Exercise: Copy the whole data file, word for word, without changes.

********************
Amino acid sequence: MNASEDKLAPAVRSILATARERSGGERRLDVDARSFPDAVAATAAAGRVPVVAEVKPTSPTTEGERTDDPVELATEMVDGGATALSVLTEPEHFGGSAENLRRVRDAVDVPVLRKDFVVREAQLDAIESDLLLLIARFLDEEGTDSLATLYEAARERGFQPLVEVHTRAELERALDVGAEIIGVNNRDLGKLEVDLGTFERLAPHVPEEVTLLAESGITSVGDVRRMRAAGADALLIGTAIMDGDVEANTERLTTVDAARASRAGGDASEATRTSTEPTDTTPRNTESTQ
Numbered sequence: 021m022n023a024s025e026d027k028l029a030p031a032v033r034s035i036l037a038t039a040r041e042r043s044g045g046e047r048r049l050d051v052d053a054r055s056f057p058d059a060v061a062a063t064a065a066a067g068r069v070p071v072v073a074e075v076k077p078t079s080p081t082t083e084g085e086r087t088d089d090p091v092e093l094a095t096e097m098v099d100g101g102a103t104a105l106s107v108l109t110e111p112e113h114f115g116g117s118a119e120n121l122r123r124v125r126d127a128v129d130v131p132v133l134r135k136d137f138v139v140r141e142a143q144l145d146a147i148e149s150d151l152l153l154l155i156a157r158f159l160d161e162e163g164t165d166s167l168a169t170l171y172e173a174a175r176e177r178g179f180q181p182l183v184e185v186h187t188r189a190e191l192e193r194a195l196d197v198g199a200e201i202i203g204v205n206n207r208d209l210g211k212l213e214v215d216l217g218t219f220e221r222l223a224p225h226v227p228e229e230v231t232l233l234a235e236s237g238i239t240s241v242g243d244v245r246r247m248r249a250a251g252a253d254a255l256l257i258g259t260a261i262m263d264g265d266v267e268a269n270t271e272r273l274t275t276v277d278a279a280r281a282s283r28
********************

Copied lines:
Amino acid sequence: MNASEDKLAPAVRSILATARERSGGERRLDVDARSFPDAVAATAAAGRVPVVAEVKPTSPTTEGERTDDPVELATEMVDGGATALSVLTEPEHFGGSAENLRRVRDAVDVPVLRKDFVVREAQLDAIESDLLLLIARFLDEEGTDSLATLYEAARERGFQPLVEVHTRAELERALDVGAEIIGVNNRDLGKLEVDLGTFERLAPHVPEEVTLLAESGITSVGDVRRMRAAGADALLIGTAIMDGDVEANTERLTTVDAARASRAGGDASEATRTSTEPTDTTPRNTESTQ
Numbered sequence: 021m022n023a024s025e026d027k028l029a030p031a032v033r034s035i036l037a038t039a040r041e042r043s044g045g046e047r048r049l050d051v052d053a054r055s056f057p058d059a060v061a062a063t064a065a066a067g068r069v070p071v072v073a074e075v076k077p078t079s080p081t082t083e084g085e086r087t088d089d090p091v092e093l094a095t096e097m098v099d100g101g102a103t104a105l106s107v108l109t110e111p112e113h114f115g116g117s118a119e120n121l122r123r124v125r126d127a128v129d130v131p132v133l134r135k136d137f138v139v140r141e142a143q144l145d146a147i148e149s150d151l152l153l154l155i156a157r158f159l160d161e162e163g164t165d166s167l168a169t170l171y172e173a174a175r176e177r178g179f180q181p182l183v184e185v186h187t188r189a190e191l192e193r194a195l196d197v198g199a200e201i202i203g204v205n206n207r208d209l210g211k212l213e214v215d216l217g218t219f220e221r222l223a224p225h226v227p228e229e230v231t232l233l234a235e236s237g238i239t240s241v242g243d244v245r246r247m248r249a250a251g252a253d254a255l256l257i258g259t260a261i262m263d264g265d266v267e268a269n270t271e272r273l274t275t276v277d278a279a280r281a282s283r28